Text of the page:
Why are so many trees hollow?

Graeme D. Ruxton*

*Corresponding author for this work

Research output: Contribution to journalArticlepeer-review

8 Citations (Scopus)


In many living trees, much of the interior of the trunk can be rotten or even hollowed out. Previously, this has been suggested to be adaptive, with microbial or animal consumption of interior wood producing a rain of nutrients to the soil beneath the tree that allows recycling of those nutrients into new growth via the trees roots. Here I propose an alternative (non-exclusive) explanation: such loss of wood comes at very little cost to the tree and so investment in costly chemical defence of this wood is not economic. I discuss how this theory can be tested empirically.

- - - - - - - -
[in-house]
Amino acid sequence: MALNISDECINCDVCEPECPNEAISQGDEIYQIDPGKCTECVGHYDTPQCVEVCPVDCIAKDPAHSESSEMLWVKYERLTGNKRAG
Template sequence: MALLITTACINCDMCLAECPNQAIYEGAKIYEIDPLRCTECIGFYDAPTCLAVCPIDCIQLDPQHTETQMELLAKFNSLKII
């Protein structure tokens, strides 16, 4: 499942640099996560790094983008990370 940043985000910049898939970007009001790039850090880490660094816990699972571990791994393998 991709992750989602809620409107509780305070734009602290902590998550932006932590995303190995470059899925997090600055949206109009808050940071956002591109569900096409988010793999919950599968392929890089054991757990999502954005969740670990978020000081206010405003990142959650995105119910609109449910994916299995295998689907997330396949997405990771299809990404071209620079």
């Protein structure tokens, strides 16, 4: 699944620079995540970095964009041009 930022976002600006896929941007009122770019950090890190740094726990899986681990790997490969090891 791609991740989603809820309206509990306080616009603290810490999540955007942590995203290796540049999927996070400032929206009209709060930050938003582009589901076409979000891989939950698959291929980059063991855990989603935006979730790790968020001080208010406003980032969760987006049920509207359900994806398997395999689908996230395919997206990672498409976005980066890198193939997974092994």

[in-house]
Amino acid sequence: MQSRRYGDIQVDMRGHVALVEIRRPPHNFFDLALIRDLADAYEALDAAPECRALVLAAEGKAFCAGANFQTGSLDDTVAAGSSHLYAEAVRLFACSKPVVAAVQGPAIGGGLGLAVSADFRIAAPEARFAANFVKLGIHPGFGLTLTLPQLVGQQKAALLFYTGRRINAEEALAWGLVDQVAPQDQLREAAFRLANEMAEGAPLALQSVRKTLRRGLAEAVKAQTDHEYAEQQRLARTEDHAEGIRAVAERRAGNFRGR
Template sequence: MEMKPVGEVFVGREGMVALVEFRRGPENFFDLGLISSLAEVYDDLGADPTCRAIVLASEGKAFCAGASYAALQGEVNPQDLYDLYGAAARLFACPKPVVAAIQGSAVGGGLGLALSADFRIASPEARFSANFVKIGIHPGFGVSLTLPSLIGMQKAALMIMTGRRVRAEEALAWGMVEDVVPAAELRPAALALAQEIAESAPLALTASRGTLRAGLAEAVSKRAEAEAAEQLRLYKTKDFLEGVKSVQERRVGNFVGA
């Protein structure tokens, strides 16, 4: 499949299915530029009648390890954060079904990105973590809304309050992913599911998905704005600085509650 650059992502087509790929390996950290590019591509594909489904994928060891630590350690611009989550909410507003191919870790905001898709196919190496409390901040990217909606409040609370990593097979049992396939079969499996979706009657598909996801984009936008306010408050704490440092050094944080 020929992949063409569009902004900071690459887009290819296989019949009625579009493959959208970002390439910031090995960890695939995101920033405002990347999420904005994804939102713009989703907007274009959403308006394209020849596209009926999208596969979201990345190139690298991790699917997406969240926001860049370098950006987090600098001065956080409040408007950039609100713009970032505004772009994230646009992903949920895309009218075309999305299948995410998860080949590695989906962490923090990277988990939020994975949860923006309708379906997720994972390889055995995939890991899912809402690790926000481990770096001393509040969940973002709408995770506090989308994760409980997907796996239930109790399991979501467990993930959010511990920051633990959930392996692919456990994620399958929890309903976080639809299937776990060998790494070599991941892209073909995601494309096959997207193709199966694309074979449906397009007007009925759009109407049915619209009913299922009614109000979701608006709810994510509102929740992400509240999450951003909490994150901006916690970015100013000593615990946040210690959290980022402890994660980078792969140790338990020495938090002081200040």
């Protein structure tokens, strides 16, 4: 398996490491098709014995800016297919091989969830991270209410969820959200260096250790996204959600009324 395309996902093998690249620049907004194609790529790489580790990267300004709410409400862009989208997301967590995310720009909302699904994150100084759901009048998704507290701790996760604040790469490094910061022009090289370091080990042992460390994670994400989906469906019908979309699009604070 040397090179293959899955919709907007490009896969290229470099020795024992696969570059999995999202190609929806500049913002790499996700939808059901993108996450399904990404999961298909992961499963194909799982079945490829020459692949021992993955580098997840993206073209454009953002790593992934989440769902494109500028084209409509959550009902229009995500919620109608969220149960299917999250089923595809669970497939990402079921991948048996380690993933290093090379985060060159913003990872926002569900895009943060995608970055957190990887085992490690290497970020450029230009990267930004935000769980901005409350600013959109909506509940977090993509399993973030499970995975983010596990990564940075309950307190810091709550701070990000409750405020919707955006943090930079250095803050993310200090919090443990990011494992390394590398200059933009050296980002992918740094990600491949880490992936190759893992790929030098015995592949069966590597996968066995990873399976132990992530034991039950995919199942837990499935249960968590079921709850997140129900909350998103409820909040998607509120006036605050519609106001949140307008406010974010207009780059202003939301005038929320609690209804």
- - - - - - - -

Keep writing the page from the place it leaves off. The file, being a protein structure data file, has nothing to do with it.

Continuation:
Original languageEnglish
Article number20140555
Number of pages3
JournalBiology Letters
Issue number11
Publication statusPublished - Nov 2014


  • Herbivory
  • Plant defences
  • Termites
  • Wood
  • Northern Australia
  • Growth
  • Survival
  • Failure


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